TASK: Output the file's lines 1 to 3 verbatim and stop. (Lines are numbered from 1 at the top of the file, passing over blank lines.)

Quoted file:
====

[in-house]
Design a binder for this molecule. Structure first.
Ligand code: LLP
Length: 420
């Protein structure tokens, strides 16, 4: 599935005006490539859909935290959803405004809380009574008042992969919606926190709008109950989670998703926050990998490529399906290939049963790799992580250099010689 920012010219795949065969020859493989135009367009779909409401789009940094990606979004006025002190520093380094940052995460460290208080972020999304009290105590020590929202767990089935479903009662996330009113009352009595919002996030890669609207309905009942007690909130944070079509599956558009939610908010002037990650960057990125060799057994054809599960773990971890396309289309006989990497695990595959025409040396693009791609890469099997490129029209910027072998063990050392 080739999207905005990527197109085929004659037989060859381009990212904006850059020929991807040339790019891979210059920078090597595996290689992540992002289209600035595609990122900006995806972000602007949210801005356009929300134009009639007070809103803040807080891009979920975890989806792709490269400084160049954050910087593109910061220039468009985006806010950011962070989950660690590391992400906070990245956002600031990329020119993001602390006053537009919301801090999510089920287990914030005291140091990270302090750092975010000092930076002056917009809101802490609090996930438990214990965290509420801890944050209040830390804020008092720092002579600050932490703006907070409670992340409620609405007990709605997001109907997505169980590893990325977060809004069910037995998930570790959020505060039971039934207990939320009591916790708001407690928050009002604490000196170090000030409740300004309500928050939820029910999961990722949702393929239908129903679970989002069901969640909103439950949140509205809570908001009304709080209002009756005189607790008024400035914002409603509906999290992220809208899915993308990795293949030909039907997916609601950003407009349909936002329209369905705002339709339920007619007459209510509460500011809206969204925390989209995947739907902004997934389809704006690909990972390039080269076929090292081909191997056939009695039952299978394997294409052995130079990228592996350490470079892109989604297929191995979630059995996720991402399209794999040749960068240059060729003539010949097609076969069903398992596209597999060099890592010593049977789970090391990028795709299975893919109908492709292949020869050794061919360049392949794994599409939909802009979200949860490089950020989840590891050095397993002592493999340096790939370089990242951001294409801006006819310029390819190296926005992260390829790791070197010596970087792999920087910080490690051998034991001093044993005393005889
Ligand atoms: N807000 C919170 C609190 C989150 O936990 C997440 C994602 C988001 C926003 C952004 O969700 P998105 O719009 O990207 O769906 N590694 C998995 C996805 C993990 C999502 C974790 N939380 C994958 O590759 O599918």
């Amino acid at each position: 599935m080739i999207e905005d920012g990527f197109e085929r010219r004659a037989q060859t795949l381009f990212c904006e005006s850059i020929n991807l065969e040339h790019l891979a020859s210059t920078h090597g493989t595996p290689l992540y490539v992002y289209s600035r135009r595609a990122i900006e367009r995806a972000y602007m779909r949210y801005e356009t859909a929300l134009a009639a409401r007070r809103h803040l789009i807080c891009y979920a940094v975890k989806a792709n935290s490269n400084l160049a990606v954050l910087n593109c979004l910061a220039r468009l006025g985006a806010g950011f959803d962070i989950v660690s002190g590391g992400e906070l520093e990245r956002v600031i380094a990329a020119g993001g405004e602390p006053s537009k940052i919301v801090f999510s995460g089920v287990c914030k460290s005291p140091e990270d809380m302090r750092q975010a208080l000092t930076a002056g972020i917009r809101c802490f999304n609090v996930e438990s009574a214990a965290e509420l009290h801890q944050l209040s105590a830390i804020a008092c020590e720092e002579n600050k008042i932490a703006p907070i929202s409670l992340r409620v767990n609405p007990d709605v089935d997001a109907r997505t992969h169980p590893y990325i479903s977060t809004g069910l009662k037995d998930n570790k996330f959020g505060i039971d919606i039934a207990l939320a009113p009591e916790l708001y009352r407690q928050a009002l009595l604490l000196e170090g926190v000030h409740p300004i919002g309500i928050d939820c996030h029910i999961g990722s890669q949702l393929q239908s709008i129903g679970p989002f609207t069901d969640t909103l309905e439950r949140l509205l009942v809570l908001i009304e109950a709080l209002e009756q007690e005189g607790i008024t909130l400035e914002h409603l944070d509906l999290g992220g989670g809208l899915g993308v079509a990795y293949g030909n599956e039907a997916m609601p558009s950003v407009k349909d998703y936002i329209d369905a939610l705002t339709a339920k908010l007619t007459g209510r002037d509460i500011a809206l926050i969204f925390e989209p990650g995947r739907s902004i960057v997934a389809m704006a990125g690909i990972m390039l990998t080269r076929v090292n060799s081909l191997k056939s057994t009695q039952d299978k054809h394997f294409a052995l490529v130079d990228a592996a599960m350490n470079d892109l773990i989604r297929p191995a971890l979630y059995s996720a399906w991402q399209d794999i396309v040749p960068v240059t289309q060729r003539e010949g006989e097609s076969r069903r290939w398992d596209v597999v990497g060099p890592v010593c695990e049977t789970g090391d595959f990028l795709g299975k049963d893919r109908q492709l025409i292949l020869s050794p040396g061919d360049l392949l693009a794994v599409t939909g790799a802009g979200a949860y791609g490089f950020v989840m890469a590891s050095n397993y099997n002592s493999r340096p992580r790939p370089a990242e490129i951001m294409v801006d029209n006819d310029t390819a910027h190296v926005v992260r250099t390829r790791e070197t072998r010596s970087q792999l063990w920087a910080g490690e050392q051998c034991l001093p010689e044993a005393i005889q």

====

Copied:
[in-house]
Design a binder for this molecule. Structure first.
Ligand code: LLP